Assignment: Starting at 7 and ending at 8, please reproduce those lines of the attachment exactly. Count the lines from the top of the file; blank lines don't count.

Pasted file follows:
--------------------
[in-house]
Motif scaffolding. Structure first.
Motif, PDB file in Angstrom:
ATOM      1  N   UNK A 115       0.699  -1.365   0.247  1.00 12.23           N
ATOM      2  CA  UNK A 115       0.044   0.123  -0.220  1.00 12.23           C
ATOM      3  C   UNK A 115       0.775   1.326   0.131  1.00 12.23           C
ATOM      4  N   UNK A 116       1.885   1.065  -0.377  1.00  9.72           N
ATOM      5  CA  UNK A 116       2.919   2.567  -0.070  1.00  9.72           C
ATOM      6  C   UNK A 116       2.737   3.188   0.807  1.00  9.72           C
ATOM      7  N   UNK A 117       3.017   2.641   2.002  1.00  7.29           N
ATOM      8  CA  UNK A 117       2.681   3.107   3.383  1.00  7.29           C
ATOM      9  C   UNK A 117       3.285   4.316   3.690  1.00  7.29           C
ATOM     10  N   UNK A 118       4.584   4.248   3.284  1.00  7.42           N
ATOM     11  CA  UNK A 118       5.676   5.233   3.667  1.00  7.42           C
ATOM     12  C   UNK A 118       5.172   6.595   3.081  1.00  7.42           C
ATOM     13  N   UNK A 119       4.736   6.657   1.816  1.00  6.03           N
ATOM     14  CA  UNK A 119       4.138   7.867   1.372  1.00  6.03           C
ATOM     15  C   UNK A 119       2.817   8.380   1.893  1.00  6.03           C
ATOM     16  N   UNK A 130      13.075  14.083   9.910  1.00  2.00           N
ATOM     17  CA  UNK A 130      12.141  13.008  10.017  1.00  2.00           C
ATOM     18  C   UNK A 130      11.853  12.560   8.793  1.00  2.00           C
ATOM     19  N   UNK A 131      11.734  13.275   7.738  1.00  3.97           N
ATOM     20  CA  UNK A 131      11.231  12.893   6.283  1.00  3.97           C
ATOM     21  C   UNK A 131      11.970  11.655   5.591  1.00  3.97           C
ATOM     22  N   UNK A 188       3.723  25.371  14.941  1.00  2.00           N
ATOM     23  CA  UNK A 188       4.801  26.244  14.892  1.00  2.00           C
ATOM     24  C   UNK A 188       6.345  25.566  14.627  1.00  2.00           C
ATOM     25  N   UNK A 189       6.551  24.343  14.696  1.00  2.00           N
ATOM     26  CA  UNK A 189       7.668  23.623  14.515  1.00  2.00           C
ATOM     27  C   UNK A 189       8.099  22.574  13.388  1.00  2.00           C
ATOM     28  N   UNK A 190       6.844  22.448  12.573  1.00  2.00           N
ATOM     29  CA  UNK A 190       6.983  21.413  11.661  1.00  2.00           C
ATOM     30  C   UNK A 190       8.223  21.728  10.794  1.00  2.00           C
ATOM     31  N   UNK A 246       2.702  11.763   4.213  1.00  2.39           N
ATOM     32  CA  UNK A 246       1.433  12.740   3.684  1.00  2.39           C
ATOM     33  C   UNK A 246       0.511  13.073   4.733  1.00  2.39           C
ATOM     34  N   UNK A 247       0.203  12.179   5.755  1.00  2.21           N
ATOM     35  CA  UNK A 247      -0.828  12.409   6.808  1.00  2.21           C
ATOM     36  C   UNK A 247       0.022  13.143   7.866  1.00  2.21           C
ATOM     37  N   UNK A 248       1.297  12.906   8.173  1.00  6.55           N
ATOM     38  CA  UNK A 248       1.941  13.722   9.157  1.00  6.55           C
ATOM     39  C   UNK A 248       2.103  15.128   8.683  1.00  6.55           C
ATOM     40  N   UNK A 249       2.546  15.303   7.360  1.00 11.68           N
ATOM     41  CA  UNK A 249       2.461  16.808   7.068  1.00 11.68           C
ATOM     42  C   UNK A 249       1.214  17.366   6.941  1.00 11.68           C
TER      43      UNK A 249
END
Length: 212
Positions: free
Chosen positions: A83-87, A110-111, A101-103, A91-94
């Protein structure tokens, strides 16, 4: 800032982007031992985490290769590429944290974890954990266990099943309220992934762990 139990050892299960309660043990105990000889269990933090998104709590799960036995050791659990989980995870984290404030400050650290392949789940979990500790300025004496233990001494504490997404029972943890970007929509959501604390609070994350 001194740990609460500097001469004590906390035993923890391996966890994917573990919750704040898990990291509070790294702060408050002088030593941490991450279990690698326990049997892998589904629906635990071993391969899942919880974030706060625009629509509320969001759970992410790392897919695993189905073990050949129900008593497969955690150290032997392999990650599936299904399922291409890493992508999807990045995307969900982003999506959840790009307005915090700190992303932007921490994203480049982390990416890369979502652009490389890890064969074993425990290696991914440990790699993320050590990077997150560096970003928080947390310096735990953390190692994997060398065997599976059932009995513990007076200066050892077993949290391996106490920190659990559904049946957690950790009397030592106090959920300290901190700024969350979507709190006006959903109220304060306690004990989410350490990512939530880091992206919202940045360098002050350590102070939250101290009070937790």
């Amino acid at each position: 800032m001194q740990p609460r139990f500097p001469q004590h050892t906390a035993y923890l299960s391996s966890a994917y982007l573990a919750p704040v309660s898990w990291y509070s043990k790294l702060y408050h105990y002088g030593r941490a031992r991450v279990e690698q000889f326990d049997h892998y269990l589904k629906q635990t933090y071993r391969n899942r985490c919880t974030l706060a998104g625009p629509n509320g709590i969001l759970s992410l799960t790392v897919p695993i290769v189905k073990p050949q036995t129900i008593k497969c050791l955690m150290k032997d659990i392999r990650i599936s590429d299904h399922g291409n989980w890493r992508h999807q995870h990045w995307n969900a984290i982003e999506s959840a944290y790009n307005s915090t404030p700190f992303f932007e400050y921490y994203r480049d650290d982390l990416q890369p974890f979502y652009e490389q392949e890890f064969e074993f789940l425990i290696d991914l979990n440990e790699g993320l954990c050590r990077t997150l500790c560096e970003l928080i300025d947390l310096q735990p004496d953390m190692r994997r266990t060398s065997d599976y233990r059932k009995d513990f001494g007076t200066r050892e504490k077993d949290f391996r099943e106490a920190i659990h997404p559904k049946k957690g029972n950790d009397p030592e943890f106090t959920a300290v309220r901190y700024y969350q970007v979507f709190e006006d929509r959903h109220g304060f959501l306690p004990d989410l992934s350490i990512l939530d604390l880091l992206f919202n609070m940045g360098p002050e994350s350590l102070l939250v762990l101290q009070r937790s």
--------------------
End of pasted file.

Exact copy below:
ATOM      4  N   UNK A 116       1.885   1.065  -0.377  1.00  9.72           N
ATOM      5  CA  UNK A 116       2.919   2.567  -0.070  1.00  9.72           C